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A warm, summer day, mixed sun and cloud, drift fishing on the river in north central Manitoba and a steady catch of spunky walleye, with bottom bouncers and jigs with tails being the favourite presentations. What could be better? Why bother with live bait when the fish seemed to be hitting almost everything that was dropped within their strike range?
And yet, with the addition of a small piece of night crawler on my jig, I noticed a significant increase in the number of strikes I was getting. It didn’t make a lot of sense, considering the speed of the current that would disperse any scent in seconds, but there it was, with my fishing companions now eagerly reaching into our supply of crawlers to get into the pattern I was using with such success.
Using live bait might seem unnecessary these days, considering the wide array of scented products on the market. However, I’ve found that in many situations it can be the one factor that tips the balance in the angler’s favour.
So to be clear, what we’re talking about here is all that’s out there from the land or our water systems that wiggles, squiggles, squirms and generally falls within the category referred to by my wife as “Eww, I’m not touching that!”
For the purpose of organizing this topic into some sort of sensible presentation, we’re going to look at live bait types in four categories: minnows, night crawlers, leeches and other, and live bait presentations covering jigging, rigging, slip floats, drop shotting and bottom bouncing.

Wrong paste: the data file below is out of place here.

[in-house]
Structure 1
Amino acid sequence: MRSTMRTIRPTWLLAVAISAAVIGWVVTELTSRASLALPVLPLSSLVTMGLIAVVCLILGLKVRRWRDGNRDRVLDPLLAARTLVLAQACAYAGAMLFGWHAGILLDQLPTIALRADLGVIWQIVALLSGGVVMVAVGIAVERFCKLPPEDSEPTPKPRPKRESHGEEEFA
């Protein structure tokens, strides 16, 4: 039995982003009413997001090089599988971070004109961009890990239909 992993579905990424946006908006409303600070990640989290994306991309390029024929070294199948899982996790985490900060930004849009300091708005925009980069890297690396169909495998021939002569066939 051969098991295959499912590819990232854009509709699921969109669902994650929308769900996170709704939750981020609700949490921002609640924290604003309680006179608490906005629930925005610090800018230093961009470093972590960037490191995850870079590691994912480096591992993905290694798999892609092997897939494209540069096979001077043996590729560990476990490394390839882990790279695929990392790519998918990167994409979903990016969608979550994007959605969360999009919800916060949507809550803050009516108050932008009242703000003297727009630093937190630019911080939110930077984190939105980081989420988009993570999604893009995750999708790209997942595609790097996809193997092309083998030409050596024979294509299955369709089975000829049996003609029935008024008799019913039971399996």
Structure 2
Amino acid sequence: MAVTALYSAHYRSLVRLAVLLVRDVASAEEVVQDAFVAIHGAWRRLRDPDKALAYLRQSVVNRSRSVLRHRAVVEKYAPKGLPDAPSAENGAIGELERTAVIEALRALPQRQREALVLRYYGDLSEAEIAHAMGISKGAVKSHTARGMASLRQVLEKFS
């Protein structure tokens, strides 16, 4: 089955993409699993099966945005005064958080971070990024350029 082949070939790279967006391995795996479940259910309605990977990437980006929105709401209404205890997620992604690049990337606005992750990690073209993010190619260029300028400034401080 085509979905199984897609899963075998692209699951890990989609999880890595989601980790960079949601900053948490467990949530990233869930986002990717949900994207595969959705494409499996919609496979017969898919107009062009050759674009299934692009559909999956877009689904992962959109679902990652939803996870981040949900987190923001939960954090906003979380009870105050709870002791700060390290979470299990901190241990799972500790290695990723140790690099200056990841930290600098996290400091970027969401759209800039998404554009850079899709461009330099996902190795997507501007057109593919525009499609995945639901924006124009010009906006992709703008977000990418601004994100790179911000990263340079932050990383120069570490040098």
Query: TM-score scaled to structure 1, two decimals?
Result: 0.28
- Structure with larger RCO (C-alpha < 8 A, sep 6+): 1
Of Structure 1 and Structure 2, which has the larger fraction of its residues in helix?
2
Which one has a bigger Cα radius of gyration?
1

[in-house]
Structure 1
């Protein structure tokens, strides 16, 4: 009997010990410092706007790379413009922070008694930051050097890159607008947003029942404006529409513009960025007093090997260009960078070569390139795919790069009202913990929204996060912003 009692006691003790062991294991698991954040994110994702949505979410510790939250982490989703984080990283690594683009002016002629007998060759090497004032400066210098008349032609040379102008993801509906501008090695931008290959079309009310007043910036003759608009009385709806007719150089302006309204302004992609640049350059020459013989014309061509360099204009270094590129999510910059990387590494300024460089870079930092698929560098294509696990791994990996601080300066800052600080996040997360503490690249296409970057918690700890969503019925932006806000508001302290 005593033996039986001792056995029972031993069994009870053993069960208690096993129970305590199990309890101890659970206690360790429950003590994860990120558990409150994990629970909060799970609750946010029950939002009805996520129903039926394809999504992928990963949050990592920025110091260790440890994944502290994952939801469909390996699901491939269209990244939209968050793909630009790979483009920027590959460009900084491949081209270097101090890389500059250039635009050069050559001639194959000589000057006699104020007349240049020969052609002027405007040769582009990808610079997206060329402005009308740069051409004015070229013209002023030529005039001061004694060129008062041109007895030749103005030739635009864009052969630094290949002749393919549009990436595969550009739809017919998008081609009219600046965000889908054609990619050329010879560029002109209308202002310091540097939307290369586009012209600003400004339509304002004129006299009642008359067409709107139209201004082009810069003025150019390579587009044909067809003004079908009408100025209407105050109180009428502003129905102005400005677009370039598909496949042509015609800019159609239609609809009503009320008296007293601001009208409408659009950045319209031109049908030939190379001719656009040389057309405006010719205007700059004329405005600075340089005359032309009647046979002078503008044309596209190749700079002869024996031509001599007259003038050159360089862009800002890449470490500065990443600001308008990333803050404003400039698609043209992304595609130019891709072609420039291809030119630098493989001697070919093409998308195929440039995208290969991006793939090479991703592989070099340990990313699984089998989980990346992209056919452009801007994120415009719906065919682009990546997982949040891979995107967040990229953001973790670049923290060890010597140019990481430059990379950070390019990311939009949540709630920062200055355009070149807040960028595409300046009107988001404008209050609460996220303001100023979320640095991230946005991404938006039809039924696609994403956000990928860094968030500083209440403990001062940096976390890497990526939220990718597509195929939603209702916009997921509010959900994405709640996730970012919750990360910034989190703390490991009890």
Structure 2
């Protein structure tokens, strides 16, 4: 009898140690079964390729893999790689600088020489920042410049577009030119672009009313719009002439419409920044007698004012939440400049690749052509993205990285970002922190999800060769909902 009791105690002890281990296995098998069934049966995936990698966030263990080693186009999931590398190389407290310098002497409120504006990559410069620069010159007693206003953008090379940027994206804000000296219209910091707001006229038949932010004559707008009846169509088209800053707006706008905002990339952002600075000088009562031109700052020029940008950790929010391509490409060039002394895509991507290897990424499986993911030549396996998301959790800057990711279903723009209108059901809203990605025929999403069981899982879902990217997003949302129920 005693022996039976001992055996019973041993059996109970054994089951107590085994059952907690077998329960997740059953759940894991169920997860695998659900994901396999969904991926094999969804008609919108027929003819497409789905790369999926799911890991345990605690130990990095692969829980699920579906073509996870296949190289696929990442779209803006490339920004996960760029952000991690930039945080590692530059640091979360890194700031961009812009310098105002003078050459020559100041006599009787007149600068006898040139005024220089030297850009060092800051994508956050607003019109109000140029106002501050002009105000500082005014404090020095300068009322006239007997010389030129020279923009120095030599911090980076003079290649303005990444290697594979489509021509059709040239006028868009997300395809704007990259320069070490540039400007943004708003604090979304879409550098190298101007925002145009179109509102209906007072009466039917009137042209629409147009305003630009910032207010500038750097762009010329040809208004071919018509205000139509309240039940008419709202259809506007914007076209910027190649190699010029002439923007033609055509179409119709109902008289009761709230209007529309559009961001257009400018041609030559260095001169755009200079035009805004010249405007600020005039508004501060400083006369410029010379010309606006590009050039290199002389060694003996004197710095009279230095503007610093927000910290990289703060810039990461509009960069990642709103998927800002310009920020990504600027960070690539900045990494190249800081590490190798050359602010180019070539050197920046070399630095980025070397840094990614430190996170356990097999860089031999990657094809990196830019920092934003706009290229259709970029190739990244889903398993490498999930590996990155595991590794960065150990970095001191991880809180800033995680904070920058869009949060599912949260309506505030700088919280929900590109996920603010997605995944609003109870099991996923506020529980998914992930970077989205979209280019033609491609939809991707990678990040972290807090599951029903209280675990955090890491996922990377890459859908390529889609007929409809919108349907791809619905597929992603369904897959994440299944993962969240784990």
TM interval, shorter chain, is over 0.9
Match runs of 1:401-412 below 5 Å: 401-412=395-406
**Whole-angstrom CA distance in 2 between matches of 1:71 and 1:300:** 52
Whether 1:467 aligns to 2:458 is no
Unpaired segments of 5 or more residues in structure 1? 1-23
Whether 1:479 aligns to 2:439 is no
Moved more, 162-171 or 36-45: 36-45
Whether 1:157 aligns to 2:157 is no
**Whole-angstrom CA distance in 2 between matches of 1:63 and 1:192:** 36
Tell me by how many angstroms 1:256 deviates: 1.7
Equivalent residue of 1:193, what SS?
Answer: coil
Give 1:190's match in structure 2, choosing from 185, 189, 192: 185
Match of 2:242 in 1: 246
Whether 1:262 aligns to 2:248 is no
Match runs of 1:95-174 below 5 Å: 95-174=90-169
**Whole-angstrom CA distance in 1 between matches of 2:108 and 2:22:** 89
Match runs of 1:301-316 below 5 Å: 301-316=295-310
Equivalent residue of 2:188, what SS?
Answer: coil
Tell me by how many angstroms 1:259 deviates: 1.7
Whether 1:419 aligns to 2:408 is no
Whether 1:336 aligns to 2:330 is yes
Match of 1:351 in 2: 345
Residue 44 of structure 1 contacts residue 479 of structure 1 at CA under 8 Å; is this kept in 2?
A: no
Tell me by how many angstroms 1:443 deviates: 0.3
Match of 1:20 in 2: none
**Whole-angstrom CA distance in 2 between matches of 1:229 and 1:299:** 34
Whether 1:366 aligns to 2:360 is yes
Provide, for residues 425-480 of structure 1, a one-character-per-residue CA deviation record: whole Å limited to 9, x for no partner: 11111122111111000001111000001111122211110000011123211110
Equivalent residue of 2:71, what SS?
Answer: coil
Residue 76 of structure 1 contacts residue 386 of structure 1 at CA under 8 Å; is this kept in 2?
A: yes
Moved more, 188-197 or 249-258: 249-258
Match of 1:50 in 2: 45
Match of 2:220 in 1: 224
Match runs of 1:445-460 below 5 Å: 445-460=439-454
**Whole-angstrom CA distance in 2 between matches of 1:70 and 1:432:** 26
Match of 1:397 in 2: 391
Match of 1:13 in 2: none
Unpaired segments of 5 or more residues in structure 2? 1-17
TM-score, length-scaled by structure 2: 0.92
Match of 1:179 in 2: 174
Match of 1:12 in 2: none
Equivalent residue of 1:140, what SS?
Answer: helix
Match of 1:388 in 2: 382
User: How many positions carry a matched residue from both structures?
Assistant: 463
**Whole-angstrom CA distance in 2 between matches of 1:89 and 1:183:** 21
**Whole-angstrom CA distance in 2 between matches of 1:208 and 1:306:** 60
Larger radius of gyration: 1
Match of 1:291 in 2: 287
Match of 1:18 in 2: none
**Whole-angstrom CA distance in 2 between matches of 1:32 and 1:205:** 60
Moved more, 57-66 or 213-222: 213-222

Minnows: There are many types of minnows, some of which are species that grow no larger than minnow size, and others that are the young of larger species, temporarily in minnow phase. In my home province of Manitoba, there are lots to choose from but few that are consistently effective.
Visit a live bait dealer and most likely you’ll get creek chubs, which are by far the most popular minnow bait in the province. Sure, there are mudminnows, suckers, sticklebacks, trout-perch, fatheads, bluntnose, darters, dace, sculpin, shiners (usually used in a frozen form) and tulibee, all listed in the provincial regulations, but the wise angler knows that there are definite preferences exhibited by target species and the chubs win hands down.
Anglers can catch their own, using dip nets and traps, but unless you really know what you’re doing you’re likely to wind up with a selection of species that may or may not work well.
One additional consideration when using live minnows: they take some care to keep them alive and spunky. An aerated live well or over-the-side minnow bucket should help, but it’s tricky keeping them going for more than a couple of days.
Worms: The subspecies we’re talking about here is usually referred to as a night crawler. These long, wiggly worms are readily available from bait dealers and are actually easy to collect, particularly on warm nights after a rain, when they tend to congregate on lawn surfaces. Their cousin, the earthworm, can be used as well, but doesn’t present the large, meaty profile of the night crawler and doesn’t lend to inflating, which is an important presentation technique. This is a particularly prolific and versatile bait that is reasonably easy to maintain. I prefer adding some forest moss to crawler containers and keep them refrigerated for storage. This can extend their availability to several weeks.